A second program is aimed at providing professional development for experienced drivers. Launched in May 1995, the Taxi Ambassador Program consists of two modules of a day each: the first is a customer service program delivered by the Road Transport Training Centre of the Saint-Jerome School Board, while the second is delivered by the Tourism Office of the respective municipality since it focusses on regional tourism attractions.
Heavily subsidized by the Societe quebecoise de developpement de la main-d’oeuvre, and developed in conjunction with the Ministries for Transportation and Tourism, the Bureau du Taxi (licensing commission), the taxi and tourism industries, the cost of each module is minimal at $15. There are no exams, but a certificate is delivered to active participants only.
Basic taxi driver training is a five week program in Quebec, to which the first module has been added. For all other drivers, attending the modules is voluntary. However, a growing number of contracts demand the certification. For example, the Montreal Airport Authority and the Casino both require the training of taxi drivers who wish to serve their clientele.
In addition to receiving a program diploma and pin, the drivers receive a work permit on which their Taxi Ambassador accreditation is highlighted. Furthermore, their names are added to a list kept by the Visitor and Convention Bureau, which also indicates their (foreign) language capabilities, and the availability of drivers with this special accreditation is listed in official documents. Taxi Ambassadors are also routinely invited to season opening events, site visits, and openings.
In Montreal, the program was first used in the context of the World Road Congress to transport dignitaries. This first-time initiative in which customized services were offered to organizers of a major convention, placing at their disposal experienced taxi drivers who had undergone training and were driving high quality vehicles equipped with a dome light bearing the logo of the Congress and the Taxi Ambassador program, proved highly successful.
For comparison purposes, there are 4500 taxis and 9000 drivers in Montreal. Plates can be purchased at a market rate of $55,000 and leasing is not allowed.
Until recently, would-be taxi drivers in the Greater Vancouver Area only had to have a class II (commercial vehicle) driver's license and comply with the standards set up by the insurance industry. Any taxi industry specific training was done by the taxi companies themselves. This void in training has been filled by the Taxihost Program, the first of its kind in Canada.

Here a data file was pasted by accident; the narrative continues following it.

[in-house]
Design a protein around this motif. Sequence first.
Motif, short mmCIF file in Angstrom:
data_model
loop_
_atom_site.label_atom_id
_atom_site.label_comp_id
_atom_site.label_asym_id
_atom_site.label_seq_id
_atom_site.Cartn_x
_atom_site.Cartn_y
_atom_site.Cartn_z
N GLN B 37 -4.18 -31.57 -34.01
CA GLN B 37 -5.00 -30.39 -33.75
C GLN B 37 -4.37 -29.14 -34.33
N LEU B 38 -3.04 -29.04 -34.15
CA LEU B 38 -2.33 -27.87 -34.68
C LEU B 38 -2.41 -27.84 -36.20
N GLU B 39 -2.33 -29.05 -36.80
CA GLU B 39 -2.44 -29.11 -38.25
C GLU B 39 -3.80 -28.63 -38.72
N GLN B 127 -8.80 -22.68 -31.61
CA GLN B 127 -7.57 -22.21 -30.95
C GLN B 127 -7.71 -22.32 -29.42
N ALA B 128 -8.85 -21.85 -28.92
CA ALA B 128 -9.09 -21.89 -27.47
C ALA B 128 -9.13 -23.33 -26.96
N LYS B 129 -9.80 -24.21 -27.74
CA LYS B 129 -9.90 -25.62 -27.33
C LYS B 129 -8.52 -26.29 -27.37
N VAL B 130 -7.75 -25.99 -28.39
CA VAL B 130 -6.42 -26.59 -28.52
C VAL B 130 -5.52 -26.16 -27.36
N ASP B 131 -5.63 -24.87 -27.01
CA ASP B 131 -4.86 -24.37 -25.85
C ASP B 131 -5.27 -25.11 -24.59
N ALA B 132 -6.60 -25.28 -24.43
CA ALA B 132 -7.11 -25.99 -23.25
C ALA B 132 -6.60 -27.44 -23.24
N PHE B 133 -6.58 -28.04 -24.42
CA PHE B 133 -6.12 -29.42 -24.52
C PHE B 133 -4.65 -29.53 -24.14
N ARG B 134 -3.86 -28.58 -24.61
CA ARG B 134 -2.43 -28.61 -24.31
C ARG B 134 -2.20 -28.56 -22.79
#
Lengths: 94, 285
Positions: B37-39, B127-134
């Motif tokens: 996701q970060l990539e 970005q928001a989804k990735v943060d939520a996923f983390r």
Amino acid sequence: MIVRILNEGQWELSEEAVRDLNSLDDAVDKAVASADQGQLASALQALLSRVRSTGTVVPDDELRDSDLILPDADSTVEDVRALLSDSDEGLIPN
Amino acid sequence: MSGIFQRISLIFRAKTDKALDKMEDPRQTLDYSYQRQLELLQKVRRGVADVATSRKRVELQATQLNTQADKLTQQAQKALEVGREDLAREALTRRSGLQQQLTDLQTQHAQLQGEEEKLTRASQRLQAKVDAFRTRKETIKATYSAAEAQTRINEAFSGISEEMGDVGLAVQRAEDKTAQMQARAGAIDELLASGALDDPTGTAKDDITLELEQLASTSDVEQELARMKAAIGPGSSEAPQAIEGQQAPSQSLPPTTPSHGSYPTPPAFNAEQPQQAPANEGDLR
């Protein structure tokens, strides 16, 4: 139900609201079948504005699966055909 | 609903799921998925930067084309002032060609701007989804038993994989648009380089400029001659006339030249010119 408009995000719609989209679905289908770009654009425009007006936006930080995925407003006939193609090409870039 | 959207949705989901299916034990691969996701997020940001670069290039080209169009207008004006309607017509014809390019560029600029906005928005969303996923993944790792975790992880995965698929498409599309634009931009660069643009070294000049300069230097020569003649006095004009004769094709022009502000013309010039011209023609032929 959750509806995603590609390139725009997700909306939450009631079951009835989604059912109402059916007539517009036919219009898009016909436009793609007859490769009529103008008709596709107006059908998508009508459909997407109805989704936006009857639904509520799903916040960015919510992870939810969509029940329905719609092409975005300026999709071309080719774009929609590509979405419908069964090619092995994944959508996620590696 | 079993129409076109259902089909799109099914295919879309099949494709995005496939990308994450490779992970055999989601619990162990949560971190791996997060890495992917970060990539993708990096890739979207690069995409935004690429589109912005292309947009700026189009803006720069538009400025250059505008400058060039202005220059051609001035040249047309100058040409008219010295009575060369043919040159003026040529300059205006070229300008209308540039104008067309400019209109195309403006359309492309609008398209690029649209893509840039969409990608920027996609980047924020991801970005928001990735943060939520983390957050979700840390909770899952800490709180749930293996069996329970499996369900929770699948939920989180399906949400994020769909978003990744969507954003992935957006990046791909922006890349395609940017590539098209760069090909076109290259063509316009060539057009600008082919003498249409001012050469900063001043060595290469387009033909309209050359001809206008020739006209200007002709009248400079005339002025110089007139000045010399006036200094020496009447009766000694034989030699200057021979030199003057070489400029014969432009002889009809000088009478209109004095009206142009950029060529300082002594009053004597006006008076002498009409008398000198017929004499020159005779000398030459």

Consisting of four levels, the program takes drivers from a basic level to a tour guide specialization. The first level has been made mandatory for all licensed drivers, who have until June 1997 to pass the exam, either by taking the course or by challenging its different modules. Grade 8 English or its equivalent is a requirement for entry into the course.
Level I "Driver" consists 12 hours of instruction in local knowledge and knowledge of the taxi industry, working with a mapbook and sensitivity training to disabled customers. 6 hours are spent on video-based defensive driving skills. Lastly, the "Superhost" program was adapted to the specific needs of the taxi industry for 9 hours. Each aspect of the training can be challenged: through an exam, having taken the Canada Safety Council Defensive Driving course or another Superhost program in the last twelve months. The cost for the Level I certificate is $175, including the prior assessment.
Level I was launched in March 1995 and to date 3000 drivers have taken the program. The training is delivered through the Justice Institute of B.C., which has a mandate for public safety programming, and its Pacific Traffic Education Centre.
Level II "Professional" provides 3 hours of expanded driver safety and assault avoidance, 6 hours in-car accident avoidance, a customers with disabilities module developed by the Ministry of Tourism, and a self-taught advanced geography module. Still in the developmental stage, the cost for this level is expected to be somewhat higher, in the $200-225 range.
Level III "Certified" will follow the process put in place by the Canadian Tourism Human Resource Council for certification (see below), and will include testing through an anonymous "passenger".
Level IV "Taxi Guide" will be quite independent of the other levels, insofar as it follows the standards and certification of tour guides, and includes the actual presentation of a tour by the taxi driver.